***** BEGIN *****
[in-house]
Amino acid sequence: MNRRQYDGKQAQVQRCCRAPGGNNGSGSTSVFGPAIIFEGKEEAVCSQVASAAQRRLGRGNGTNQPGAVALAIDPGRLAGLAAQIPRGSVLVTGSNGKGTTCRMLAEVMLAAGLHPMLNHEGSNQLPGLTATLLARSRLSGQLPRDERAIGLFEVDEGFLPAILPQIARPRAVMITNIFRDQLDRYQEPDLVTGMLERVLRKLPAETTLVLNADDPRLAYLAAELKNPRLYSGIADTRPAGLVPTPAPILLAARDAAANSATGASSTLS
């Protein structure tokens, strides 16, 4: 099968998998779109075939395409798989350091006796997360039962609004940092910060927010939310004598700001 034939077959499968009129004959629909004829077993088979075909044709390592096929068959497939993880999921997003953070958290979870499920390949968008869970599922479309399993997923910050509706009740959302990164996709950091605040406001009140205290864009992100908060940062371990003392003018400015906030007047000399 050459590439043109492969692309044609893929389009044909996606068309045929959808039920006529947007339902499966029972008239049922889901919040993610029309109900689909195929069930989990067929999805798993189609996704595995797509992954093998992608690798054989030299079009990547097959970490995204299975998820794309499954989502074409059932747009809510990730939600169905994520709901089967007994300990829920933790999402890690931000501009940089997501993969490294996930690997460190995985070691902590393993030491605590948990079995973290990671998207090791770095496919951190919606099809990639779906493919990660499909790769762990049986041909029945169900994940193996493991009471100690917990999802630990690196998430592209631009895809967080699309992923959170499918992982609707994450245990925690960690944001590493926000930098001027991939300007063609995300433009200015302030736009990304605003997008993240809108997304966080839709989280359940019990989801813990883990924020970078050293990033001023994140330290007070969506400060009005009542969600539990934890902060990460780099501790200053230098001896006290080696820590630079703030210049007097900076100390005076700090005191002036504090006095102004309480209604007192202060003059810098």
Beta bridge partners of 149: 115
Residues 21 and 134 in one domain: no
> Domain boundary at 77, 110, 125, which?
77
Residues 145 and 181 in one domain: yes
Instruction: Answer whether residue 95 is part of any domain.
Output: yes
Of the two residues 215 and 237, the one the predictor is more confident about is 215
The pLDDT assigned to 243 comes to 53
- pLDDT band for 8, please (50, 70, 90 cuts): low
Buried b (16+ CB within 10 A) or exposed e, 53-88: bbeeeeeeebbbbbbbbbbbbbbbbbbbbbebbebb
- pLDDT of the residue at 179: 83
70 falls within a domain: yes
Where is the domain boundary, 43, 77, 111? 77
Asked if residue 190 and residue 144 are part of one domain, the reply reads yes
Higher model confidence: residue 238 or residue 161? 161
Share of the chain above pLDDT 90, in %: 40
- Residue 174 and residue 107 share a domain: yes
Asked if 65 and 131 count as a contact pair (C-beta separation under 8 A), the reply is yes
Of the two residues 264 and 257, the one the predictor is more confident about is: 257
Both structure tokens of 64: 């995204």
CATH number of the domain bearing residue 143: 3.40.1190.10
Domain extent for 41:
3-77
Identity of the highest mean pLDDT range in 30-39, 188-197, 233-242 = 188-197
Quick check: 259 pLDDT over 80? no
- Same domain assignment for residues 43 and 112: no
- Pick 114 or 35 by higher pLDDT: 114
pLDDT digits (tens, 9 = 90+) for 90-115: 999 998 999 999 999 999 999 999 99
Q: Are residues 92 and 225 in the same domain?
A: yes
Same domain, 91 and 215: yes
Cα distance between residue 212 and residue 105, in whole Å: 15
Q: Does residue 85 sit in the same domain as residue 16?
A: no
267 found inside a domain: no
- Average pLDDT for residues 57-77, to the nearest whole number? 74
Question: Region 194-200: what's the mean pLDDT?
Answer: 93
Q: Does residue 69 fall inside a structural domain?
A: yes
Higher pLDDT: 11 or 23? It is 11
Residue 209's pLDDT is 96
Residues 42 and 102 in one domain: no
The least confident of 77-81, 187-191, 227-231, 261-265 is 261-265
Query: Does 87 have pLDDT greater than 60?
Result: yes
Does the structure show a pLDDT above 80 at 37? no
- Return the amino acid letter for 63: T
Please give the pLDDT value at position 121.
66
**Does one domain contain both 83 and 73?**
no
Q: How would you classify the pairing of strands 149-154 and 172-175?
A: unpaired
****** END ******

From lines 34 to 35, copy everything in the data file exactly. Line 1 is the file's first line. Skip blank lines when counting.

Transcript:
A: yes
Same domain, 91 and 215: yes